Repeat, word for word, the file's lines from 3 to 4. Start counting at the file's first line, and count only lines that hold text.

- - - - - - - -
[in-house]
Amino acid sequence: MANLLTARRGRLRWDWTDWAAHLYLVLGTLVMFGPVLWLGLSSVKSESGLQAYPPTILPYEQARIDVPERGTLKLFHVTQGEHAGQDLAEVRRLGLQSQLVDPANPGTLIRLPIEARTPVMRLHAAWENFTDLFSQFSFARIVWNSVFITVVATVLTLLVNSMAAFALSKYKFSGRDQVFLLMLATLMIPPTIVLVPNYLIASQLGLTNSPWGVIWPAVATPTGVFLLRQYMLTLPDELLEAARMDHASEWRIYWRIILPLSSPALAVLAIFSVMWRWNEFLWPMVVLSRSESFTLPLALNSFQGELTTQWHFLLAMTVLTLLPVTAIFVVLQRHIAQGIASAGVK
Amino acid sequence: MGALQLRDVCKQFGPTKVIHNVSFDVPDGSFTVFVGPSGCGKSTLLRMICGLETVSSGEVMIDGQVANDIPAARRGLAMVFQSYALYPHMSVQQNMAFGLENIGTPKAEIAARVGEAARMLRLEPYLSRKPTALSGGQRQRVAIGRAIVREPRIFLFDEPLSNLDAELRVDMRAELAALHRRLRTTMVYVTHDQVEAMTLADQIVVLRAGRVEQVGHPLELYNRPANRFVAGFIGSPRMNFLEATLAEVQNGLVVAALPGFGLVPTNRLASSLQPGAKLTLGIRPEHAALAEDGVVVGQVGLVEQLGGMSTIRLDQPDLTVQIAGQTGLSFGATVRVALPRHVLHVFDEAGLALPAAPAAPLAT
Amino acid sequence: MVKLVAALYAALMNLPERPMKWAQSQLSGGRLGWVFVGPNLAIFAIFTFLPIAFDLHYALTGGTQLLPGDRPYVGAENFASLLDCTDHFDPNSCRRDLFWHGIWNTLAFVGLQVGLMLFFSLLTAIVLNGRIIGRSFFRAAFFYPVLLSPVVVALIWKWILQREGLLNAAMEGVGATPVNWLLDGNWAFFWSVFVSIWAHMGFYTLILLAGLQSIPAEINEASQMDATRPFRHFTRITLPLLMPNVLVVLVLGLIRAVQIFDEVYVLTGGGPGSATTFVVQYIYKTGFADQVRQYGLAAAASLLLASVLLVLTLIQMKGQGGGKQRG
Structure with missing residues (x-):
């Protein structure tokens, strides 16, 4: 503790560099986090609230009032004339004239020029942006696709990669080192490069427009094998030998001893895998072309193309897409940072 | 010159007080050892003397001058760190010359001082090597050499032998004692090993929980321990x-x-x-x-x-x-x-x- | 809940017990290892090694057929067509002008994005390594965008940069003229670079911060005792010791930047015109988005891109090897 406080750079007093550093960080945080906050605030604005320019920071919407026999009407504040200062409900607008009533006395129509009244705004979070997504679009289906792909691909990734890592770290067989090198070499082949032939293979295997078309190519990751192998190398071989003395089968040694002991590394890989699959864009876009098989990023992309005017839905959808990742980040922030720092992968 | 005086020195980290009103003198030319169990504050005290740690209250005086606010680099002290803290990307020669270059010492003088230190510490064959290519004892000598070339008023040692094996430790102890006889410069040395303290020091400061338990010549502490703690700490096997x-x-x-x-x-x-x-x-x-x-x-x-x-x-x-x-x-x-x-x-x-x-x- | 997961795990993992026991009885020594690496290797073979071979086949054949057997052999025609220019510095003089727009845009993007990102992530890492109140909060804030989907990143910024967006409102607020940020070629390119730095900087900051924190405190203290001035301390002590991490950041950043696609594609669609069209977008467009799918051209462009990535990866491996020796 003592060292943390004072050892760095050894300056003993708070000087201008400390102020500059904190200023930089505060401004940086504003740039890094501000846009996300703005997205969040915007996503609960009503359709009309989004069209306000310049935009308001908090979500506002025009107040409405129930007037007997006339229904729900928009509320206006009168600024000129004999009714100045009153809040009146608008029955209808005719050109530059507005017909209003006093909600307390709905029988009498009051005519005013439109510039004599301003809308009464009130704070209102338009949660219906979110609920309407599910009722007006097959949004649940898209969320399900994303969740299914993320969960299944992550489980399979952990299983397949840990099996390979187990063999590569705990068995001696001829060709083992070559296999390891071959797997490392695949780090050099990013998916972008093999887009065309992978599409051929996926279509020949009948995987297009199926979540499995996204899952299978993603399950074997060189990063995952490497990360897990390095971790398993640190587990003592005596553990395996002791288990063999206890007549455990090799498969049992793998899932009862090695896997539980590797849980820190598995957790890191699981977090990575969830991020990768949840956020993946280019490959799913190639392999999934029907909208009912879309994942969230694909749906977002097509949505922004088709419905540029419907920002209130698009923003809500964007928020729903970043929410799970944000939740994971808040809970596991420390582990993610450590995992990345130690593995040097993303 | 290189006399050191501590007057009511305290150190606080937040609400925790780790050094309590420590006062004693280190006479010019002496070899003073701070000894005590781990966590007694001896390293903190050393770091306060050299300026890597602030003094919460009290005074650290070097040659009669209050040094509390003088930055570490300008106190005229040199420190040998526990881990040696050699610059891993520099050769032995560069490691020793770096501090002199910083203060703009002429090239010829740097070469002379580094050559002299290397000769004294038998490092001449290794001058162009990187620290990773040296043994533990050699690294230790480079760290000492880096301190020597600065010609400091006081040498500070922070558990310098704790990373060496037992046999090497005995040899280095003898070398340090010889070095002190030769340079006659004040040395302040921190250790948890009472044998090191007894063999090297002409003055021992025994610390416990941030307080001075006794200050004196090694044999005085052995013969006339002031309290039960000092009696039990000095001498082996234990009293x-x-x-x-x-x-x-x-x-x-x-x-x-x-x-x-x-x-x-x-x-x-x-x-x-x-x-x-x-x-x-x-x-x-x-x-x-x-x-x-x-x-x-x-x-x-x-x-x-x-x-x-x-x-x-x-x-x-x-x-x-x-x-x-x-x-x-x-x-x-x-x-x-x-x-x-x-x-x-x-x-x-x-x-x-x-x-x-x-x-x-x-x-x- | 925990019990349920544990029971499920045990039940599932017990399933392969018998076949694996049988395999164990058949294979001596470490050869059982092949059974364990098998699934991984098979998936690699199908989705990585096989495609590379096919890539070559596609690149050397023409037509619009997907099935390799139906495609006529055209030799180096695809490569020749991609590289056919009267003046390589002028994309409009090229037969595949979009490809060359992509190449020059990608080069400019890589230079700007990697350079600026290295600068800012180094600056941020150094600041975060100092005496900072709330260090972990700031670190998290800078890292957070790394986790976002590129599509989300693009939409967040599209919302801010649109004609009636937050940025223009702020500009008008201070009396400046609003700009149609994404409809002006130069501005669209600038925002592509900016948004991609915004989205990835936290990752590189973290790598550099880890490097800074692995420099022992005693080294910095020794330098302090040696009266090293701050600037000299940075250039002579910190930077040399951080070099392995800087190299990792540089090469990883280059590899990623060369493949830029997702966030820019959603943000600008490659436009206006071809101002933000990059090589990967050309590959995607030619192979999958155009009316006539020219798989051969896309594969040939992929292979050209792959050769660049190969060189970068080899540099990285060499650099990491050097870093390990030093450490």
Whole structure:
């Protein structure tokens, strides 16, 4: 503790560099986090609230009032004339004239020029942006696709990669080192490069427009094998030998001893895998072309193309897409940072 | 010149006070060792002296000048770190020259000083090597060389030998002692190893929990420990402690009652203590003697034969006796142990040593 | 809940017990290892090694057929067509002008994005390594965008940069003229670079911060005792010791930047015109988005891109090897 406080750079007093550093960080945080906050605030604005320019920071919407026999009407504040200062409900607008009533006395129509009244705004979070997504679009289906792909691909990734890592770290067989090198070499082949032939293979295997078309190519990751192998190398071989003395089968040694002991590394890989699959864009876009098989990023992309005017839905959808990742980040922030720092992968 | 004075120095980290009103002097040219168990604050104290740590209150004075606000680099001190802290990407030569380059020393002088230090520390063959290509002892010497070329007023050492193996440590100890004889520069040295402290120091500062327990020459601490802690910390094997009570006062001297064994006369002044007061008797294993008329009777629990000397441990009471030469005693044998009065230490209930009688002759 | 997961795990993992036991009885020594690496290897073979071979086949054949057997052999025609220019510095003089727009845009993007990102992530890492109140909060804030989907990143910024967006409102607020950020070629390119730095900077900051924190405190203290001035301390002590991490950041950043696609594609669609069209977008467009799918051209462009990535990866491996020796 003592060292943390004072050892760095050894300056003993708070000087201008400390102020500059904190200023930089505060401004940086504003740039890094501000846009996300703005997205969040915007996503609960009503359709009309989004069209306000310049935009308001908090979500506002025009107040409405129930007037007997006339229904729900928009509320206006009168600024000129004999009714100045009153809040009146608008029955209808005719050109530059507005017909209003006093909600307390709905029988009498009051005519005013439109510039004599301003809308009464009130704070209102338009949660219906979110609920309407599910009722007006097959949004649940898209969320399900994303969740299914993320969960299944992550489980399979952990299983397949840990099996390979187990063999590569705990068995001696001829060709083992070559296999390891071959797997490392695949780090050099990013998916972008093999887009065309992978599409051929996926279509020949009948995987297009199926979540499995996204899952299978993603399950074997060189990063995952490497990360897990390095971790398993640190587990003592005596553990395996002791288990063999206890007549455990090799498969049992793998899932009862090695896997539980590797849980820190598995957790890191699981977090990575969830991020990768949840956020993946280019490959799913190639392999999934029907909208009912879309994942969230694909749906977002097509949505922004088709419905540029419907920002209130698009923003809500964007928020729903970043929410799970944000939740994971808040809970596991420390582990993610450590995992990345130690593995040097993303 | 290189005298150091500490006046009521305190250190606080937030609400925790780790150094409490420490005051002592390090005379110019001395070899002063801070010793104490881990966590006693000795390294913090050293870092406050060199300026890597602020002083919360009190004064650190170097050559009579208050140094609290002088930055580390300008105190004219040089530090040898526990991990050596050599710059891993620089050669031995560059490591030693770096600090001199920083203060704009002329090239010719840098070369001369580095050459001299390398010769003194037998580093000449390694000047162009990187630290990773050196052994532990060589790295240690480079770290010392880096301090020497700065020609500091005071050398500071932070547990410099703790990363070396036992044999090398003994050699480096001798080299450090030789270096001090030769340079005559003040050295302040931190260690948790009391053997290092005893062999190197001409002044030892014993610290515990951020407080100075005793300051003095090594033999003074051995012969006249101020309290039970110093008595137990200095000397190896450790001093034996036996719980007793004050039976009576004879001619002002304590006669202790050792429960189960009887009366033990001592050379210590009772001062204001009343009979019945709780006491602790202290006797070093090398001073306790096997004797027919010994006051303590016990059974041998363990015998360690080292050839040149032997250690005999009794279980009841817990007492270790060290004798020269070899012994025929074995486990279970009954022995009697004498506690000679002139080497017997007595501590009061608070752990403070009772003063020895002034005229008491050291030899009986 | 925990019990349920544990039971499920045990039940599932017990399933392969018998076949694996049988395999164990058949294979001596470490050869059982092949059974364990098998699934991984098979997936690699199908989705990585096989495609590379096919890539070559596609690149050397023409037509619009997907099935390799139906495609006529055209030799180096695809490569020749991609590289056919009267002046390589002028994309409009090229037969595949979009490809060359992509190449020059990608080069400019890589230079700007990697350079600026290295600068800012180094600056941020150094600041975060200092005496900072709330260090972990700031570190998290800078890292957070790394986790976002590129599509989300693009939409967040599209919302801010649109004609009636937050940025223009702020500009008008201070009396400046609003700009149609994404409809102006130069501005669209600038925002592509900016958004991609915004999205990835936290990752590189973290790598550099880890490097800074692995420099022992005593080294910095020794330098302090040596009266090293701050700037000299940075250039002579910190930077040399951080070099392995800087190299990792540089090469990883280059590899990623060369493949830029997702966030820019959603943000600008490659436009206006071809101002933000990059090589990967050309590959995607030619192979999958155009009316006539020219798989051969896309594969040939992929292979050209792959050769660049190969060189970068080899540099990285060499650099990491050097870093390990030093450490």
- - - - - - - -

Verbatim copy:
Amino acid sequence: MGALQLRDVCKQFGPTKVIHNVSFDVPDGSFTVFVGPSGCGKSTLLRMICGLETVSSGEVMIDGQVANDIPAARRGLAMVFQSYALYPHMSVQQNMAFGLENIGTPKAEIAARVGEAARMLRLEPYLSRKPTALSGGQRQRVAIGRAIVREPRIFLFDEPLSNLDAELRVDMRAELAALHRRLRTTMVYVTHDQVEAMTLADQIVVLRAGRVEQVGHPLELYNRPANRFVAGFIGSPRMNFLEATLAEVQNGLVVAALPGFGLVPTNRLASSLQPGAKLTLGIRPEHAALAEDGVVVGQVGLVEQLGGMSTIRLDQPDLTVQIAGQTGLSFGATVRVALPRHVLHVFDEAGLALPAAPAAPLAT
Amino acid sequence: MVKLVAALYAALMNLPERPMKWAQSQLSGGRLGWVFVGPNLAIFAIFTFLPIAFDLHYALTGGTQLLPGDRPYVGAENFASLLDCTDHFDPNSCRRDLFWHGIWNTLAFVGLQVGLMLFFSLLTAIVLNGRIIGRSFFRAAFFYPVLLSPVVVALIWKWILQREGLLNAAMEGVGATPVNWLLDGNWAFFWSVFVSIWAHMGFYTLILLAGLQSIPAEINEASQMDATRPFRHFTRITLPLLMPNVLVVLVLGLIRAVQIFDEVYVLTGGGPGSATTFVVQYIYKTGFADQVRQYGLAAAASLLLASVLLVLTLIQMKGQGGGKQRG